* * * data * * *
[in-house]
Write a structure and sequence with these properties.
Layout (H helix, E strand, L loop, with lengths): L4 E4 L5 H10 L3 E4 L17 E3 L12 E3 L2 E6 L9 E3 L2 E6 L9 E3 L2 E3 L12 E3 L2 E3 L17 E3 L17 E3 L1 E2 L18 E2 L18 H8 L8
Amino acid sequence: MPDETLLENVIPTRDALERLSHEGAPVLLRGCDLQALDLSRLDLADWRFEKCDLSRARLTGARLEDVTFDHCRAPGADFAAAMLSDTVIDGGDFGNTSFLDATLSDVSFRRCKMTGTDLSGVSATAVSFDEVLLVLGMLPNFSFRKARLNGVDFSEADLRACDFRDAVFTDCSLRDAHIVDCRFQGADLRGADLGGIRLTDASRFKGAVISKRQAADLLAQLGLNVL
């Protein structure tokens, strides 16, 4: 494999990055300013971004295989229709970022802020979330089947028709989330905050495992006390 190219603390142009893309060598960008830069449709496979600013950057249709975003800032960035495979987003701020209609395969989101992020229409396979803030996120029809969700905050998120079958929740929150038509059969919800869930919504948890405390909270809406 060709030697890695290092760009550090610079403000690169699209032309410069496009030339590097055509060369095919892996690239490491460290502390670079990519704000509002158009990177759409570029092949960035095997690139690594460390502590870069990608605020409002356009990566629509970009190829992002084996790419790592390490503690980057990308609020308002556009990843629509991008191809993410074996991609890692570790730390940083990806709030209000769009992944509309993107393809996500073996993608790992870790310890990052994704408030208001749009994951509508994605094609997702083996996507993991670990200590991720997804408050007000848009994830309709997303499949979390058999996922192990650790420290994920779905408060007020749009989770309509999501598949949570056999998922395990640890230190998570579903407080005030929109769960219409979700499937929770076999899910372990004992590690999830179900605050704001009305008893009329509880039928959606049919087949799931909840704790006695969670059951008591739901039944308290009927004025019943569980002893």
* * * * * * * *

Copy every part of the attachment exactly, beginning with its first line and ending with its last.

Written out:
[in-house]
Write a structure and sequence with these properties.
Layout (H helix, E strand, L loop, with lengths): L4 E4 L5 H10 L3 E4 L17 E3 L12 E3 L2 E6 L9 E3 L2 E6 L9 E3 L2 E3 L12 E3 L2 E3 L17 E3 L17 E3 L1 E2 L18 E2 L18 H8 L8
Amino acid sequence: MPDETLLENVIPTRDALERLSHEGAPVLLRGCDLQALDLSRLDLADWRFEKCDLSRARLTGARLEDVTFDHCRAPGADFAAAMLSDTVIDGGDFGNTSFLDATLSDVSFRRCKMTGTDLSGVSATAVSFDEVLLVLGMLPNFSFRKARLNGVDFSEADLRACDFRDAVFTDCSLRDAHIVDCRFQGADLRGADLGGIRLTDASRFKGAVISKRQAADLLAQLGLNVL
């Protein structure tokens, strides 16, 4: 494999990055300013971004295989229709970022802020979330089947028709989330905050495992006390 190219603390142009893309060598960008830069449709496979600013950057249709975003800032960035495979987003701020209609395969989101992020229409396979803030996120029809969700905050998120079958929740929150038509059969919800869930919504948890405390909270809406 060709030697890695290092760009550090610079403000690169699209032309410069496009030339590097055509060369095919892996690239490491460290502390670079990519704000509002158009990177759409570029092949960035095997690139690594460390502590870069990608605020409002356009990566629509970009190829992002084996790419790592390490503690980057990308609020308002556009990843629509991008191809993410074996991609890692570790730390940083990806709030209000769009992944509309993107393809996500073996993608790992870790310890990052994704408030208001749009994951509508994605094609997702083996996507993991670990200590991720997804408050007000848009994830309709997303499949979390058999996922192990650790420290994920779905408060007020749009989770309509999501598949949570056999998922395990640890230190998570579903407080005030929109769960219409979700499937929770076999899910372990004992590690999830179900605050704001009305008893009329509880039928959606049919087949799931909840704790006695969670059951008591739901039944308290009927004025019943569980002893």